Toronto Maple Leafs Of 1967 To Be Saluted
January 19, 2007
(TORONTO) -- The Toronto Maple Leafs announced Friday that the 1967 Stanley Cup Championship team will be reunited and recognized in a pre-game ceremony when the Edmonton Oilers visit Air Canada Centre on February 17. The game also marks the 80th anniversary of the Toronto Maple Leafs first game in 1927. Several players have confirmed their participation for the game next month including; George Armstrong, Bobby Baun, Johnny Bower, Brian Conacher, Ron Ellis, Aut Erickson, Larry Hillman, Larry Jeffrey, Red Kelly, Dave Keon, Jim Pappin, Marcel Pronovost, Eddie Shack, Allan Stanley, Pete Stemkowski, and Mike Walton.
"This is a terrific opportunity for our organization and our loyal fans to celebrate the achievement of a great team," said John Ferguson, general manager of the Maple Leafs. "It's really about saluting the last club of that Leafs' era just before NHL expansion on a milestone anniversary of 40 years. It's an occasion for them to enjoy their company once again and it also gives our fans the chance to cheer them as a group one more time."
The 1966-67 edition of the Toronto Maple Leafs captured the franchise's 11th Stanley Cup and fourth of the decade. The team defeated the reigning two-time Stanley Cup champion Montreal Canadiens in the sixth game on May 2, 1967 as Canada was celebrating its centennial.
Ten members of the 1967 Maple Leafs would later be enshrined in the Hockey Hall of Fame. A total of 11 players from the 1967 team played on the three other Stanley Cup winning teams in 1962, 1963, 1964. They are: Johnny Bower, Larry Hillman, Bob Baun, Allan Stanley, Red Kelly, George Armstrong, Dave Keon, Bob Pulford, Eddie Shack, Frank Mahovlich and the late Tim Horton. Terry Sawchuk, Bruce Gamble, Horton, and coach and general manager Punch Imlach are the only gentlemen from the 1967 team that are deceased.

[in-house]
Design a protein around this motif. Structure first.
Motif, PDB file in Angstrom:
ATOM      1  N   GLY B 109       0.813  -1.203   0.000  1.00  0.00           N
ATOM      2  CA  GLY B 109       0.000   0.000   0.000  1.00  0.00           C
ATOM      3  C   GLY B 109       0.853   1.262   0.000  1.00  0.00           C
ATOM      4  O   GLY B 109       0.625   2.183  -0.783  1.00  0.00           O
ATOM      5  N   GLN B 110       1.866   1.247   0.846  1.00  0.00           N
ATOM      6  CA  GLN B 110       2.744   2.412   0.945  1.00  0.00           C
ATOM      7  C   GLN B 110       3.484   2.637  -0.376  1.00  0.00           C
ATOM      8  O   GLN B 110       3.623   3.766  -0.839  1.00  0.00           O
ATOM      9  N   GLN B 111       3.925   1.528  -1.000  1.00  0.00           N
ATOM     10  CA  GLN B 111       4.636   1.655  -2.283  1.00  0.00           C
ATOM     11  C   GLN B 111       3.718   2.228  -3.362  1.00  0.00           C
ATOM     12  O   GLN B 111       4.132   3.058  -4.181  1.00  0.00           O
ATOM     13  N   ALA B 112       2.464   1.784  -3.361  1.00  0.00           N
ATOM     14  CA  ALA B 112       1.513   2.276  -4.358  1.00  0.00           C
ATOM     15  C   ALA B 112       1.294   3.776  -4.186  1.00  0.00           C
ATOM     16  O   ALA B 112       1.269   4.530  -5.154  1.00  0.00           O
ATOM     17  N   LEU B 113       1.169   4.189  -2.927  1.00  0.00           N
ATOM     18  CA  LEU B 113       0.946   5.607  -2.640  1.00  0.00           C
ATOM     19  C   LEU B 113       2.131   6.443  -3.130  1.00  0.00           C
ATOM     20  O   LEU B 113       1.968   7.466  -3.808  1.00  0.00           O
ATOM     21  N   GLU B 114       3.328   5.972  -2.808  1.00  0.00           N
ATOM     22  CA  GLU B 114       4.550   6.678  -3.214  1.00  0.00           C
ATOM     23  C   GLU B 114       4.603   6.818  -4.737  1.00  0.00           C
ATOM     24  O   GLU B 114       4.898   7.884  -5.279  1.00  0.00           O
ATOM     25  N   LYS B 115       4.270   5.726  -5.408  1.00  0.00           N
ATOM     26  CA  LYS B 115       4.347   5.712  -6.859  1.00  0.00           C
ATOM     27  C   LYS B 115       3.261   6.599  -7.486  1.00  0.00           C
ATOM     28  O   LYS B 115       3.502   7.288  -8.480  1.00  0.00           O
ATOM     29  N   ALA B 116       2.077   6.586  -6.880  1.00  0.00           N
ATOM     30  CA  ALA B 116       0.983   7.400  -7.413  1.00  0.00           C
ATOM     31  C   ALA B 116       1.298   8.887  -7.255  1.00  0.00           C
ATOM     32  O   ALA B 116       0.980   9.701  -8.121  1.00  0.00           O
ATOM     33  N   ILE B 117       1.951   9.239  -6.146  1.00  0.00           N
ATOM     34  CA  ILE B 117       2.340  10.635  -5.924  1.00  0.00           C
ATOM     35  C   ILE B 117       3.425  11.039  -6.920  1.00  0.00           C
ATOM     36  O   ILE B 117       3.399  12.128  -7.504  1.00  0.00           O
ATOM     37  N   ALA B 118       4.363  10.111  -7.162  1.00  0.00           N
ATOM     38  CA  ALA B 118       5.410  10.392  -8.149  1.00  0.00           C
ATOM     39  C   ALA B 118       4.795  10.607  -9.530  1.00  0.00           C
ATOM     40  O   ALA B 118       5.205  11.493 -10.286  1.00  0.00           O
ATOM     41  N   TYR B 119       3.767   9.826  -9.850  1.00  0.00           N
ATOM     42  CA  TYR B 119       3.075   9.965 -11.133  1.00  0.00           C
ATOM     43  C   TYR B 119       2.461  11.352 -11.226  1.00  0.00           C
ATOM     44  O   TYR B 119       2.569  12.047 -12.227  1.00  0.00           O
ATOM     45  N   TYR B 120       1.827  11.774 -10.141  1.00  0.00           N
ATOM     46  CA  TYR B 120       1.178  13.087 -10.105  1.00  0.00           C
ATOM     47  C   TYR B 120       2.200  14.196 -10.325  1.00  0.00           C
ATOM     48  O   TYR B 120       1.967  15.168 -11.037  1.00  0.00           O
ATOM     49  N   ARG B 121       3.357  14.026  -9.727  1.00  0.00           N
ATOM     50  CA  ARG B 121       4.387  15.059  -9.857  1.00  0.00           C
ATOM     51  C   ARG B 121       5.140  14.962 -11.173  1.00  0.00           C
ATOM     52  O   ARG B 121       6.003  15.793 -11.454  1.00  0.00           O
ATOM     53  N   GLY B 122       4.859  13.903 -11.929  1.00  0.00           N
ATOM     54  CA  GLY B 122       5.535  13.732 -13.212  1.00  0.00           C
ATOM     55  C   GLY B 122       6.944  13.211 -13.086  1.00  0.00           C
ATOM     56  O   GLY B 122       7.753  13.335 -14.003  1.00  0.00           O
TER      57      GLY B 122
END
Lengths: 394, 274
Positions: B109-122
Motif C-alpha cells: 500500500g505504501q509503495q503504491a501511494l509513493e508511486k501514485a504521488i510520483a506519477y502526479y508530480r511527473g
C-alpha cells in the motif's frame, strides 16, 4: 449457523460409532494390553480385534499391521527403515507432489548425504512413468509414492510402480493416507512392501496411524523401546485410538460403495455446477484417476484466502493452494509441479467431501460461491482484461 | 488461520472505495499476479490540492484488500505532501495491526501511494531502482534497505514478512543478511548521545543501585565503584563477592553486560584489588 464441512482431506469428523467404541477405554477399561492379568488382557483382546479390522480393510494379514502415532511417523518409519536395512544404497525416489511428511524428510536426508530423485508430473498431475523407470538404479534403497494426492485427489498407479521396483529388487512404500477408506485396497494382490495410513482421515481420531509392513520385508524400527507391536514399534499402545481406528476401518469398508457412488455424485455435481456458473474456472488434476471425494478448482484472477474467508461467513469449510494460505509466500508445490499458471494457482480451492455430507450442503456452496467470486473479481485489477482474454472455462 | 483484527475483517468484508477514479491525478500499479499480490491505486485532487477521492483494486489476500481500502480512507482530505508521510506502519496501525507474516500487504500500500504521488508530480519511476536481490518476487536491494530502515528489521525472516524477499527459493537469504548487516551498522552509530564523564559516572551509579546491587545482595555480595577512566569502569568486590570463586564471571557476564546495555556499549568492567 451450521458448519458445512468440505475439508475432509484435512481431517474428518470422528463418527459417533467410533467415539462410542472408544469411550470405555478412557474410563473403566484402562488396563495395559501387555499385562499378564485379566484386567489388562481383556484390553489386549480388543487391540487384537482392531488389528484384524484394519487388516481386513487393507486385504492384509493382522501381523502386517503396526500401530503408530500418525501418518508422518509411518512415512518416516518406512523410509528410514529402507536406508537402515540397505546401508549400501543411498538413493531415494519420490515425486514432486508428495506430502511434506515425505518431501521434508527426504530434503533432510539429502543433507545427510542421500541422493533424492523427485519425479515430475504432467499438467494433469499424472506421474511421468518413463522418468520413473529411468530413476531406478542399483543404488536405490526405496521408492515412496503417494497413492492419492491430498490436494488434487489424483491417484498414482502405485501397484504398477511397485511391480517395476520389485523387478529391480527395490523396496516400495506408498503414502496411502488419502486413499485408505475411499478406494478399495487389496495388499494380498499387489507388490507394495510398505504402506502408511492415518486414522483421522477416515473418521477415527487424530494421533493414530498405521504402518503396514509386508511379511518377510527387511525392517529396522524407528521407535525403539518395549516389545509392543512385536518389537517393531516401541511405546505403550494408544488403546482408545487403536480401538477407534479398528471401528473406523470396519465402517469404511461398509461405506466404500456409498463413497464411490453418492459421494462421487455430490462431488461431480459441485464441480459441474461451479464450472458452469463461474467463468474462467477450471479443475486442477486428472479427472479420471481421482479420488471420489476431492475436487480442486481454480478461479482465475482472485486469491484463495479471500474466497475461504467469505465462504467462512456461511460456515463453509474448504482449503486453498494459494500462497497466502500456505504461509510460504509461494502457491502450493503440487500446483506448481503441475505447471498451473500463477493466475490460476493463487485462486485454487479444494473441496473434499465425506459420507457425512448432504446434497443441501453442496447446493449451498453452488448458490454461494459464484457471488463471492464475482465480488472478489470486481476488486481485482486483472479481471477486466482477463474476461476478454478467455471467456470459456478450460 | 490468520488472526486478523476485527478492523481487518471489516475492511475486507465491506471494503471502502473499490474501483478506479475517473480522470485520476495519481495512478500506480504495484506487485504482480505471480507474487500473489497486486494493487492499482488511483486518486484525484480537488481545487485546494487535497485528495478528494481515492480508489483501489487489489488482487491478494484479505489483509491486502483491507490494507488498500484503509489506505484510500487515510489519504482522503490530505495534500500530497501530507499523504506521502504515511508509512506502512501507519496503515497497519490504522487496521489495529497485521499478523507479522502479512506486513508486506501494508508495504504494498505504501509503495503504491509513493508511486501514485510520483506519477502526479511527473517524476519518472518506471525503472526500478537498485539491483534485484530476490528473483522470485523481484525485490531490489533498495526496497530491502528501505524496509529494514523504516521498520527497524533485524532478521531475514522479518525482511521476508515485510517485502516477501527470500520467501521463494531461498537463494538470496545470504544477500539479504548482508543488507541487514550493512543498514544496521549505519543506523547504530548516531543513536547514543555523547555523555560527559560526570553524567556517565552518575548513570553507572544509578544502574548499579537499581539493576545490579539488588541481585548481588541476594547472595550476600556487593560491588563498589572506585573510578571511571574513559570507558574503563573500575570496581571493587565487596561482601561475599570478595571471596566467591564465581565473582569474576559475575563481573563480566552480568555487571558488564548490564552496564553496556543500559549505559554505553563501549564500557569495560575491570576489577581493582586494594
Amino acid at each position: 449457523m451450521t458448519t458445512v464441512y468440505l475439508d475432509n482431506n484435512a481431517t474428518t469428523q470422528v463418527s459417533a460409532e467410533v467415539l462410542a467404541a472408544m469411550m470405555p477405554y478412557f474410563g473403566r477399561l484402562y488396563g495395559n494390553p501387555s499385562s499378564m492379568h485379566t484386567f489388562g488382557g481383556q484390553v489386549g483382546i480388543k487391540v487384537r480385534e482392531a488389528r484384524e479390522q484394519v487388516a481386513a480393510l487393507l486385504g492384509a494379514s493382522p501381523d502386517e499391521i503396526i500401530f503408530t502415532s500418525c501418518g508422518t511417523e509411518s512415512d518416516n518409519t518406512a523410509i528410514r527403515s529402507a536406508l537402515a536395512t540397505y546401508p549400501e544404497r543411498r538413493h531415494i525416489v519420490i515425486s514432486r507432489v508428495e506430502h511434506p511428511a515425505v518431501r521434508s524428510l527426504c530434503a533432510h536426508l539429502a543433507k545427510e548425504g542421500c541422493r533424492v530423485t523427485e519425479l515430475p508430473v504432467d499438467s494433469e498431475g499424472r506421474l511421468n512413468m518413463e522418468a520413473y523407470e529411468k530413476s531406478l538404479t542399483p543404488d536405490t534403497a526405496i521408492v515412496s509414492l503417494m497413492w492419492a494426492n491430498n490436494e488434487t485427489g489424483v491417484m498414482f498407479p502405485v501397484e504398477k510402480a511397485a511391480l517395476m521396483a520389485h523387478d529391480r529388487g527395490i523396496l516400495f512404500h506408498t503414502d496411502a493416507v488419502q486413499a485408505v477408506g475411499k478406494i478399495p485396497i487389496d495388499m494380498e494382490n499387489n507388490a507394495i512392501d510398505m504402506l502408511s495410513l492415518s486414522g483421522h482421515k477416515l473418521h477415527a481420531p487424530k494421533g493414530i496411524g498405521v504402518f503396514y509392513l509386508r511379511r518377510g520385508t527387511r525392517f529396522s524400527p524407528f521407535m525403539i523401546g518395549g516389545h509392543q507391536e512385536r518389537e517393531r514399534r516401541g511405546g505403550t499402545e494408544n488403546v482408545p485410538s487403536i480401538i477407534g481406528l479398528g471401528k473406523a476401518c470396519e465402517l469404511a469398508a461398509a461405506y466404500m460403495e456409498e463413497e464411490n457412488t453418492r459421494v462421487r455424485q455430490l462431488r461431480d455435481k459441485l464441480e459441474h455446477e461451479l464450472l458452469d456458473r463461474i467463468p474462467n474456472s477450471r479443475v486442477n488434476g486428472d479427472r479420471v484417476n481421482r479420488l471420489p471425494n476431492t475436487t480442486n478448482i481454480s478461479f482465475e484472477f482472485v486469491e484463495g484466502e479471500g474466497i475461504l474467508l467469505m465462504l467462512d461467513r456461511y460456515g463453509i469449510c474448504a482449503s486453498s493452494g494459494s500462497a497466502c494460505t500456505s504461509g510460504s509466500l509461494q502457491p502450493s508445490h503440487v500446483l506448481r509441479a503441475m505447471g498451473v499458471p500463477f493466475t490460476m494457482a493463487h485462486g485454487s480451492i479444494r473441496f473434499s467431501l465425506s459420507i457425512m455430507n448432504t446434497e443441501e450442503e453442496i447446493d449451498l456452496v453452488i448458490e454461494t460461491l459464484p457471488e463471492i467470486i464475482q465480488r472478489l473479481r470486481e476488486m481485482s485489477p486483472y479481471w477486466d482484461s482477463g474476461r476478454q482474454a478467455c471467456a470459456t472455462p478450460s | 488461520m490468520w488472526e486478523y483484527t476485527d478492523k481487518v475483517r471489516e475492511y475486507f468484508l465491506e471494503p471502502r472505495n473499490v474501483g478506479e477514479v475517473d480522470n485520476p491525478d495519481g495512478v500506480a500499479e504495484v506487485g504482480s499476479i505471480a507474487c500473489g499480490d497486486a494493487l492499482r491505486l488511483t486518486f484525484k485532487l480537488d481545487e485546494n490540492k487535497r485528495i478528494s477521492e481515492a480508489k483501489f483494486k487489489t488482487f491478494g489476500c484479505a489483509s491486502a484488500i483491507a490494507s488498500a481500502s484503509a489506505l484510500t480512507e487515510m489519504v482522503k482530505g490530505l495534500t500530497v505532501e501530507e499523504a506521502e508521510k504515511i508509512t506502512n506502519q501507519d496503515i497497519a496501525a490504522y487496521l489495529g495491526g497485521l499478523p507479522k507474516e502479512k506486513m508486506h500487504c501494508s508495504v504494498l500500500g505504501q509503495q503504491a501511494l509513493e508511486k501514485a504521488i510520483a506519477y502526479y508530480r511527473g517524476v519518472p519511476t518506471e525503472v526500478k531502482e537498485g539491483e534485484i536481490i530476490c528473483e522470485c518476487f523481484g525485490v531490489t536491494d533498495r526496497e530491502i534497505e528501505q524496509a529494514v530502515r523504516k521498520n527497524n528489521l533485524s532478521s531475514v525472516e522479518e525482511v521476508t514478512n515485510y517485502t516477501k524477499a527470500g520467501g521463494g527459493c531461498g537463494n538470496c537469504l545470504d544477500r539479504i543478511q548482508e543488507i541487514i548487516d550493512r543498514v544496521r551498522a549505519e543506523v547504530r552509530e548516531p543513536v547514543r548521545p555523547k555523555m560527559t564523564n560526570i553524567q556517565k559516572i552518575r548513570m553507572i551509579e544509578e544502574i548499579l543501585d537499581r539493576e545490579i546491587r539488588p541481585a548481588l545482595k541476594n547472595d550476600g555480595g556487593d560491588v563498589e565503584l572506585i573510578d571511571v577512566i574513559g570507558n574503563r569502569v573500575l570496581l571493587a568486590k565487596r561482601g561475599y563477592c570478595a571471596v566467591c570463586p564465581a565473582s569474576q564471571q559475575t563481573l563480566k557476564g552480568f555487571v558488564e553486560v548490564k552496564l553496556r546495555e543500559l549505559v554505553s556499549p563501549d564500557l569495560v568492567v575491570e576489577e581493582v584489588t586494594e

The Maple Leafs compiled a record of 32 wins, 27 losses, and 11 ties in 70 games in the 1966-67 regular season. The team's 75 points placed them third in the standings behind Chicago (94 points), and Montreal (77). The Maple Leafs eliminated the first-place Chicago Blackhawks in six games in the opening round before completing the same feat in the Stanley Cup Final against the Canadiens.
Dave Keon led the team in regular season scoring with 52 points (19g, 33a) and he finished 12th among all NHL players in points that season. He earned the Conn Smythe Trophy as "the most valuable player for his team in the playoffs' that year. Jim Pappin scored the Stanley Cup winning goal and he led all NHL players with seven goals and 15 points during the 12 games of the 1967 post-season. Forty years ago, the team was bolstered in the nets for the third and final season by two of hockey's greatest goalies; Johnny Bower at age 42 and Terry Sawchuk at age 37. The unlikely playoff run came on the heels of a regular season in which the team needed three other goalies (Gamble, Gary Smith and the late Al Smith) at various points of the season. In addition, King Clancy spelled an ill Punch Imlach for a 10 game stretch behind the bench and led them to a 7-1-2 record.
Interestingly enough, the team had a 10-game losing streak from January 15 to February 8 scoring just 15 goals before regrouping to capture the Stanley Cup over their national rival. The hallmark of the 1967 Toronto Maple Leafs was their experience. They sported the oldest lineup to ever win the Stanley Cup, with an average age of 31. Seven players were over 35 and 12 members were over age 30. Bower and Stanley (age 41) were the oldest members of the team in the last year of the Original Six.